He said his military academy was now suing him, seeking to recoup the 400,000 rubles ($5,500) it said it spent on his education.


After graduating from the Rostov State Medical University and completing a specialized training program for military medics, Lieutenant Pavel Zelenkov was assigned in September 2020 to a motorized rifle regiment in Klintsy, near the Belarusian border, where he was appointed head of the medical unit.

“If we talk about medical equipment, then there was practically nothing. You provide only first aid and send [the patient] further down the chain of command, '' he said.


“Commanders consider you insignificant at best: 'Hey you, lieutenant,' as if I was not an officer,” he said. “It seems to me that this is due to their desire to assert themselves, because they were probably mercilessly rotted in their first years of service.”

Zelenkov resigned after three months in service, though he was not discharged for another six months. Now, he works as a civilian emergency doctor.

He said he was happy "this whole army madhouse is over."

Like in the Soviet era, Russia still requires all men aged between 18 and 27 to serve in the military or do similar public service; the government in 2019 sought to move away from conscription, toward a smaller, professional force, but that change has come slowly.

Russian law does not allow for early resignation from a military contract simply at a serviceman’s request. It can only happen “for cause” -- a documented violation of the terms of the contract. An officer who breaks his contract prematurely can face criminal charges.

'Hello! Welcome To The Army!'

The Defense Ministry does not disclose how many officers in their first years of service seek to resign prematurely.

Lieutenant Andrei Ivanov, who commanded a medical unit attached to the 1st Motorized Rifle Battalion stationed in the Russian-occupied Ukrainian region of Crimea, was commissioned as an officer after attending another military academy in St. Petersburg.

He filed a letter of resignation in October 2019, but was only able to leave service formally more than year later.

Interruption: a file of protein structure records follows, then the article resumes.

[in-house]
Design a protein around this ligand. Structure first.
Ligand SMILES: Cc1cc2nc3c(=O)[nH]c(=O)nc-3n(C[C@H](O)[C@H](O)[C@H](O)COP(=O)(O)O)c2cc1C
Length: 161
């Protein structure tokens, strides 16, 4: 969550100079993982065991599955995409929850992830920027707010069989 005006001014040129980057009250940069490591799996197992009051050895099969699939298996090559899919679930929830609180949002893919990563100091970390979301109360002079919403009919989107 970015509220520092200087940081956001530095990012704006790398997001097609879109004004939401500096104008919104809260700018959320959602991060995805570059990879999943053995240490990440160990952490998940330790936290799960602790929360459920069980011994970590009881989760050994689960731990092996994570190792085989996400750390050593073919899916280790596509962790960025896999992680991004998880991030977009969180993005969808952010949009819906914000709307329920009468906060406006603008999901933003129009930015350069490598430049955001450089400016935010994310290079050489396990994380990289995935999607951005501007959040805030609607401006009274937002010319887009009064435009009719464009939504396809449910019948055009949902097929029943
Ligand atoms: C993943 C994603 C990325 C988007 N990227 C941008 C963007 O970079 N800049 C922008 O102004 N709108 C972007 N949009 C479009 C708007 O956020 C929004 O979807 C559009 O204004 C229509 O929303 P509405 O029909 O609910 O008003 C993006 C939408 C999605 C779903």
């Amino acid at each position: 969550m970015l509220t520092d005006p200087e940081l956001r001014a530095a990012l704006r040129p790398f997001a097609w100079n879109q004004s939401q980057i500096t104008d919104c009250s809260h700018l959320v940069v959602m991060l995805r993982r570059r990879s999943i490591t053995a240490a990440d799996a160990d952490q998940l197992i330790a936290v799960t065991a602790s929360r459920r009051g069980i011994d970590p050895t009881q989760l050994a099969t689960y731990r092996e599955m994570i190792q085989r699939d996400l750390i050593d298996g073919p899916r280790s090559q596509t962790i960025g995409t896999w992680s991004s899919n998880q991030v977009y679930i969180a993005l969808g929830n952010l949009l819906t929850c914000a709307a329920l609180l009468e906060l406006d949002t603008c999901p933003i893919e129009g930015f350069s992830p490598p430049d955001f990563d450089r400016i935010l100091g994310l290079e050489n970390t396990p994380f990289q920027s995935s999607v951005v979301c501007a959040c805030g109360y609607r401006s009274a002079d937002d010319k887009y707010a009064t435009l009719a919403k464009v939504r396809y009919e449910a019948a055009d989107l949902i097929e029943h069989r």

“After a month of service, I realized there was no medicine here, and all my activity was reduced to working with weapons and personnel,” Ivanov told RFE/RL. “I filed a letter of resignation, because I want to treat people and not just do drills.”


Since entering civilian life, he’s worked, by himself and with a nongovernmental legal-aid organization, to help other officers looking for early resignation from the service. According to him, there are at least 120 people he knows of who are trying to do so.

He also recorded a video called "How To Resign?" and posted it to YouTube.” Since being published in September 2020, it’s received more than 85,000 views.

“All those who come to us for help are such disillusioned people. Most of them came for a dream: ‘Here is this profession: to defend the Motherland,'” Ivanov said.

People enroll in military academies, study for five or six years, he said.

“Then ‘Hello! Welcome to the army!’ And their worldview changes, collides with reality terrible accommodations, endless shifts, and unpaid overtime,” he said.

“If you just let everyone who wants to leave go and pay more to those who stay, while removing all this army idiocy and humiliation, everyone will be happy in the end,” Ivanov added.